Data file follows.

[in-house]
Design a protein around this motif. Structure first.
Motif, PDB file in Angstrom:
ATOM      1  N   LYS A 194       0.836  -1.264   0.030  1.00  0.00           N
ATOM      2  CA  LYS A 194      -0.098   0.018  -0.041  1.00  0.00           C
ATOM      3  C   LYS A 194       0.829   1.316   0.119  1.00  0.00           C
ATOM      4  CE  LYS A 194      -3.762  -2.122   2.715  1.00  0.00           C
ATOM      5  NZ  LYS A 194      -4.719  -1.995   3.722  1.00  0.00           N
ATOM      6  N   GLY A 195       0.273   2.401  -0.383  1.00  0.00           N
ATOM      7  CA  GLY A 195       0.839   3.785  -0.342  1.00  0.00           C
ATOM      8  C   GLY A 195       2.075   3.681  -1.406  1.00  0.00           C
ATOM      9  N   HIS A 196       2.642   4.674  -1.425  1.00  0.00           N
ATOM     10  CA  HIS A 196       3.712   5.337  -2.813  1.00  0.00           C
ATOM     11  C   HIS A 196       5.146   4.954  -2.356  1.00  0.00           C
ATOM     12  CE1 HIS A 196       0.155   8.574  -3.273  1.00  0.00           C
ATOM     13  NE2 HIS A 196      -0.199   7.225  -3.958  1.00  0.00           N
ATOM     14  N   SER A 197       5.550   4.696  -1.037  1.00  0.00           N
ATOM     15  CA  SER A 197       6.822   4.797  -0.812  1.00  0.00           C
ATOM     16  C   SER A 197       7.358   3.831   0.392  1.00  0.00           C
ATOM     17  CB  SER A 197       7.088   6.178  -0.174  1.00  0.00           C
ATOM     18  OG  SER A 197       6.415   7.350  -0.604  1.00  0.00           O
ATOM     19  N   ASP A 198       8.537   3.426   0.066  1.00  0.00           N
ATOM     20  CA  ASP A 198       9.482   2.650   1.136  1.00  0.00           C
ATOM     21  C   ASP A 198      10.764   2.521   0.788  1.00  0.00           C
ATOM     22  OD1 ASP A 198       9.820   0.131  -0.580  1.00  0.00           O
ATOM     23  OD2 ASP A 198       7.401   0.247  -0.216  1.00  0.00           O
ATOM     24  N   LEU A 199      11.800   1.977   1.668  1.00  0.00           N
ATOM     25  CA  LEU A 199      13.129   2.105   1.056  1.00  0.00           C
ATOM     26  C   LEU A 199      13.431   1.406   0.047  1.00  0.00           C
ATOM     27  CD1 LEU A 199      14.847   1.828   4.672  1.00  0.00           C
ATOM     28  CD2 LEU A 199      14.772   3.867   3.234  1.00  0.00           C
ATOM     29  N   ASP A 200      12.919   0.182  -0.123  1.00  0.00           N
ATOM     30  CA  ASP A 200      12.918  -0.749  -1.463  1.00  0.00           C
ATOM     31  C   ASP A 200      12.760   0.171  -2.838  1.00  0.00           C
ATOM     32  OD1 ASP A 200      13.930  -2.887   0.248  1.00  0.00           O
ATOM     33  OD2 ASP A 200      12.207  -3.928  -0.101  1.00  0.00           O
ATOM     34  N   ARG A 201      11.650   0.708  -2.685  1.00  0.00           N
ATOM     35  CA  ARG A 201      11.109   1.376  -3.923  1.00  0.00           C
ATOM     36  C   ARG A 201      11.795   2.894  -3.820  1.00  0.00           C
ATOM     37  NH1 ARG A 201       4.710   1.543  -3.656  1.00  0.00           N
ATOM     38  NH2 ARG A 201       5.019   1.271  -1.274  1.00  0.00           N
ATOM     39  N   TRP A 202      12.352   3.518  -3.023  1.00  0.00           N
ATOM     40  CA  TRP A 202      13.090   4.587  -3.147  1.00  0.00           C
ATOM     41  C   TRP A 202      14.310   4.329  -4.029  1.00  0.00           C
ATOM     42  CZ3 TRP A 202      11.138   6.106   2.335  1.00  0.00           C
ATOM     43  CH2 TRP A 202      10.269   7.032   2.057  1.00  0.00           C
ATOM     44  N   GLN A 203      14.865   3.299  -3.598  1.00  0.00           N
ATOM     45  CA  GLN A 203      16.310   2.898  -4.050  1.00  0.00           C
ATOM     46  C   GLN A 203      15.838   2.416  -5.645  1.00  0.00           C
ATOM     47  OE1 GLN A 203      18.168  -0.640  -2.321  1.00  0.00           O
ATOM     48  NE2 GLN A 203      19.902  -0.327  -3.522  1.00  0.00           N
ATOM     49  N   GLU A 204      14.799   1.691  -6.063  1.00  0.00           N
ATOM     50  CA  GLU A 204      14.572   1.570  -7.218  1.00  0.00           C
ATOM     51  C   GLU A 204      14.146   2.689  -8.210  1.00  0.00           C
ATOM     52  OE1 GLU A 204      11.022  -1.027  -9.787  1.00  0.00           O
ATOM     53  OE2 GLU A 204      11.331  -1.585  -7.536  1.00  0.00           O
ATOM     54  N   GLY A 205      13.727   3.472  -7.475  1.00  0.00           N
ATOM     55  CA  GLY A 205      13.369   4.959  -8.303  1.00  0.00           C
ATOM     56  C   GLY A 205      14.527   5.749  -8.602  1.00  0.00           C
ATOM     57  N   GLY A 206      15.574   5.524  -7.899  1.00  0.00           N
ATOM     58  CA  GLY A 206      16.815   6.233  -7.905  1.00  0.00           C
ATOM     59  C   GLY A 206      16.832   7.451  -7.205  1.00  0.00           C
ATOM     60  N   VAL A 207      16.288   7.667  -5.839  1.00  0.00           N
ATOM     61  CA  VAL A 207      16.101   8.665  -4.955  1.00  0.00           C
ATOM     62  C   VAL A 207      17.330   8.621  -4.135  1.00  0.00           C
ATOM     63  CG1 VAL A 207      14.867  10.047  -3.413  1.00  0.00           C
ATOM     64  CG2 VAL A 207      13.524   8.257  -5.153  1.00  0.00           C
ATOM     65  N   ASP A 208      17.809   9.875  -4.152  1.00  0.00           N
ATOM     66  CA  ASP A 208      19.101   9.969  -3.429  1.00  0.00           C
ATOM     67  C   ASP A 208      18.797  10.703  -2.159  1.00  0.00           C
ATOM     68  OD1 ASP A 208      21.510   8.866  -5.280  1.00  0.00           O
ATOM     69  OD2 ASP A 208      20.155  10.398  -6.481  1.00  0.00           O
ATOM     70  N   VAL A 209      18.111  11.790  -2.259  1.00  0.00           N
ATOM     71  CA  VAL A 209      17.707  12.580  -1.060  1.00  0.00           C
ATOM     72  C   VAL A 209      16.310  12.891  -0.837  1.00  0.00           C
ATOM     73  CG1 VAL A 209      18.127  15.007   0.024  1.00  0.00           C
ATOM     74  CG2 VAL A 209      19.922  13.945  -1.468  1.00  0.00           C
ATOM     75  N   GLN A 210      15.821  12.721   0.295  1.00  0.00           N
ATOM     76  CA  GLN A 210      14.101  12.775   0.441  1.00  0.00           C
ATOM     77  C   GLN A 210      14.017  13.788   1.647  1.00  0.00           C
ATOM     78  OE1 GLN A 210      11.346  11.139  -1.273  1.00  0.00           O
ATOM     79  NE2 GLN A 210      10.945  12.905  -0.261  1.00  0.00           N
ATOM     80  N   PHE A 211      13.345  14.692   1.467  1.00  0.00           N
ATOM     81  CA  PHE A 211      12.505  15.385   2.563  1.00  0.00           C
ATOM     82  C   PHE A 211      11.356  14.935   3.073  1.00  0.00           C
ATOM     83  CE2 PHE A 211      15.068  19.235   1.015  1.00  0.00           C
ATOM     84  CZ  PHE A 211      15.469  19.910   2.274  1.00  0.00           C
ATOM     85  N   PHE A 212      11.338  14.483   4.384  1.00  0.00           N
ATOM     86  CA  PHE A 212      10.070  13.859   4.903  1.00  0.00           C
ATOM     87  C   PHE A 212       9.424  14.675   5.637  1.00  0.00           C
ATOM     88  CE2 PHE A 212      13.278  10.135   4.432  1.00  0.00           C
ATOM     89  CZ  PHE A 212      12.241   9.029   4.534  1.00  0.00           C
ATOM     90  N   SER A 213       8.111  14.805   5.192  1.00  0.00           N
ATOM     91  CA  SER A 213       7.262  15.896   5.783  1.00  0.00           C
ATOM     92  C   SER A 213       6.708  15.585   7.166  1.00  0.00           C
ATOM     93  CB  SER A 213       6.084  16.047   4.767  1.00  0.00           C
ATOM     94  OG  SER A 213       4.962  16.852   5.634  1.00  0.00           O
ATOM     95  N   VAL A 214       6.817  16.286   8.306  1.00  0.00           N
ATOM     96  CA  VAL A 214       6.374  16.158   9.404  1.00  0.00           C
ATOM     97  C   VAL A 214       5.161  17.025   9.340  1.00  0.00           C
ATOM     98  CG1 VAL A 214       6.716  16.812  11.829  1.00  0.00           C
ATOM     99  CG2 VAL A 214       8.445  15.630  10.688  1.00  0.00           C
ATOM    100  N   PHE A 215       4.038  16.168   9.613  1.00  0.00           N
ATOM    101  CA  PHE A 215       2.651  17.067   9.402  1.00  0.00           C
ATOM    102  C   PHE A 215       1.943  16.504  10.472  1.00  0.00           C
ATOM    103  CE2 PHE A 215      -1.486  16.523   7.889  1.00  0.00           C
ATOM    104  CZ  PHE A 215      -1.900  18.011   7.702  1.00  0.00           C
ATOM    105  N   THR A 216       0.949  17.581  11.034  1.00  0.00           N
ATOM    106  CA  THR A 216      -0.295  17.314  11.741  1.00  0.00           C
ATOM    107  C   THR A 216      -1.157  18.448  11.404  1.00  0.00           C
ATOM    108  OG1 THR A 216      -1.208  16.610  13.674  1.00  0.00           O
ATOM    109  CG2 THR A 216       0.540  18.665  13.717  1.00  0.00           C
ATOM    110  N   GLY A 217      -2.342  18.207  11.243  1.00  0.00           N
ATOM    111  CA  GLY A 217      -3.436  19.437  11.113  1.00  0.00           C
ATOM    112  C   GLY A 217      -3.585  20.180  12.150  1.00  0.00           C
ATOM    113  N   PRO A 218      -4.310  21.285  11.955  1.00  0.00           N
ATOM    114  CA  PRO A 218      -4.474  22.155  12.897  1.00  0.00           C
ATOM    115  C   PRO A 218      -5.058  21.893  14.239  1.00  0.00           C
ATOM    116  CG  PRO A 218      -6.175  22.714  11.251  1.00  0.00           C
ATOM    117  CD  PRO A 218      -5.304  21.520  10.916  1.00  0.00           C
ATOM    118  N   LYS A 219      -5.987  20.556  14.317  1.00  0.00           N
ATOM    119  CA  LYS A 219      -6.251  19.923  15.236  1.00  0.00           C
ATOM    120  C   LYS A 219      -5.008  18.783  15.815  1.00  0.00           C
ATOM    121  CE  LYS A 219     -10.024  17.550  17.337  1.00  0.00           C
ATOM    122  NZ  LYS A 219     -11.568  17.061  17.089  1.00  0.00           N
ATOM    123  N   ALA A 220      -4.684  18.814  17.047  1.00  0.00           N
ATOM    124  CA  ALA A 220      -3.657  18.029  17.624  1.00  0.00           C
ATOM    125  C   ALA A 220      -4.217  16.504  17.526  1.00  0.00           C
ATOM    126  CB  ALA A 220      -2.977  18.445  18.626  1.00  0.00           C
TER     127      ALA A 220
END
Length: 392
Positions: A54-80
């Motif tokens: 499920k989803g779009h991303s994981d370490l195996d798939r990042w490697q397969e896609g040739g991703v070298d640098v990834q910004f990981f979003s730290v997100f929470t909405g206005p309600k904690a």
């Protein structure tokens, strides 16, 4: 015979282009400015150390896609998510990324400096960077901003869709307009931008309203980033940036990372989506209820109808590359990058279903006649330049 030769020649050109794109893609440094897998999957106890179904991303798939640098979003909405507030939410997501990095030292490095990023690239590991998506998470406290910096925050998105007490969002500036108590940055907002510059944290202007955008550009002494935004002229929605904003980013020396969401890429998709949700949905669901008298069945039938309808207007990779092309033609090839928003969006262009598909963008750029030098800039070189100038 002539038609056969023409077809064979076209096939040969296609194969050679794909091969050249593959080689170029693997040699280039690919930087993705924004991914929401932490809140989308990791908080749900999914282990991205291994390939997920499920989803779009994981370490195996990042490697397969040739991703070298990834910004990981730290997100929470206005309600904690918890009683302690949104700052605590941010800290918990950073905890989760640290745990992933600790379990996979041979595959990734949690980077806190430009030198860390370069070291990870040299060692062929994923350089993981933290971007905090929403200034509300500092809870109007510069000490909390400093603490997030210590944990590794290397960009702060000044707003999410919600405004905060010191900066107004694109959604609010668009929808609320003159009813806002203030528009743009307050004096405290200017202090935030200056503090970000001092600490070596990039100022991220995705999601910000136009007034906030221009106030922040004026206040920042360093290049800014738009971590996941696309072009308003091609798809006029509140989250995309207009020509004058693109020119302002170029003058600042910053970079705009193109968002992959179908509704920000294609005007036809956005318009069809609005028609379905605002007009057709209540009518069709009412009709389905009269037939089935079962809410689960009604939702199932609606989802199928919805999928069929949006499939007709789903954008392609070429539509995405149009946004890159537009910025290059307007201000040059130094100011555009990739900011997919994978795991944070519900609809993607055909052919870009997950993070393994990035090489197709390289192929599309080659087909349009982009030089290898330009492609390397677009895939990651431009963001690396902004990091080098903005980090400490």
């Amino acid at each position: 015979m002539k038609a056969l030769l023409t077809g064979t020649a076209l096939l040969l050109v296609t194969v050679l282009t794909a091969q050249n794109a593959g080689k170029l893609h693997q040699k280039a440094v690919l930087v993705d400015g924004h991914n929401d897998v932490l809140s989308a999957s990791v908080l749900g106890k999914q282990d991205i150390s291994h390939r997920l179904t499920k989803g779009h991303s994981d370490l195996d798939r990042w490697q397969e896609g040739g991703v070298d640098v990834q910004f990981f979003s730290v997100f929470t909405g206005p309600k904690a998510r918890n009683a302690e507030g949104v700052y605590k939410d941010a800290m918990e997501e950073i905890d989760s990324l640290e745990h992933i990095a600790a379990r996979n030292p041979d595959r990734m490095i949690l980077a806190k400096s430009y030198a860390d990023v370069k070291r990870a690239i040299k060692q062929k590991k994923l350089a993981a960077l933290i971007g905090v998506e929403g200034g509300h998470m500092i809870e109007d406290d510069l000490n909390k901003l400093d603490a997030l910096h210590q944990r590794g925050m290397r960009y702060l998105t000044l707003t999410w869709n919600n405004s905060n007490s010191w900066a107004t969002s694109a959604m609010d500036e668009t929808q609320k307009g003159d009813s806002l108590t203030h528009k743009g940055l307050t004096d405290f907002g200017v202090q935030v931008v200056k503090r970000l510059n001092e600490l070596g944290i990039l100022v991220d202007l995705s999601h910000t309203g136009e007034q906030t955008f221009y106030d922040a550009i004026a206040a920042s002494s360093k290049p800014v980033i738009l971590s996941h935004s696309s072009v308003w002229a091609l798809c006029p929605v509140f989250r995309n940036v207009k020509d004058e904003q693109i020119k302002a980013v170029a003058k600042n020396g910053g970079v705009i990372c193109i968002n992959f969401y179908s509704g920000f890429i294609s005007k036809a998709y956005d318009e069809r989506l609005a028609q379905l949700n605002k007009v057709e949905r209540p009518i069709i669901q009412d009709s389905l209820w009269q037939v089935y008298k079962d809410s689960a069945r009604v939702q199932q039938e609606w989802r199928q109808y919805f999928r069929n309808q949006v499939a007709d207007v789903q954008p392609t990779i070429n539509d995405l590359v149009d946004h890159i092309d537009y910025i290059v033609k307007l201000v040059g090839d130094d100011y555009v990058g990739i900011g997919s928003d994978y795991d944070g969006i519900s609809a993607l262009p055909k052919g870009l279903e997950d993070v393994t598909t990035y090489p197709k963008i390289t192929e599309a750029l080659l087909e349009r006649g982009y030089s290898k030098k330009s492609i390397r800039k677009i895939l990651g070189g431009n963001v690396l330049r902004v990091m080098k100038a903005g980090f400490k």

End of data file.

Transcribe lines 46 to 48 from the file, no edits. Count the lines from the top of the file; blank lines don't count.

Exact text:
ATOM     43  CH2 TRP A 202      10.269   7.032   2.057  1.00  0.00           C
ATOM     44  N   GLN A 203      14.865   3.299  -3.598  1.00  0.00           N
ATOM     45  CA  GLN A 203      16.310   2.898  -4.050  1.00  0.00           C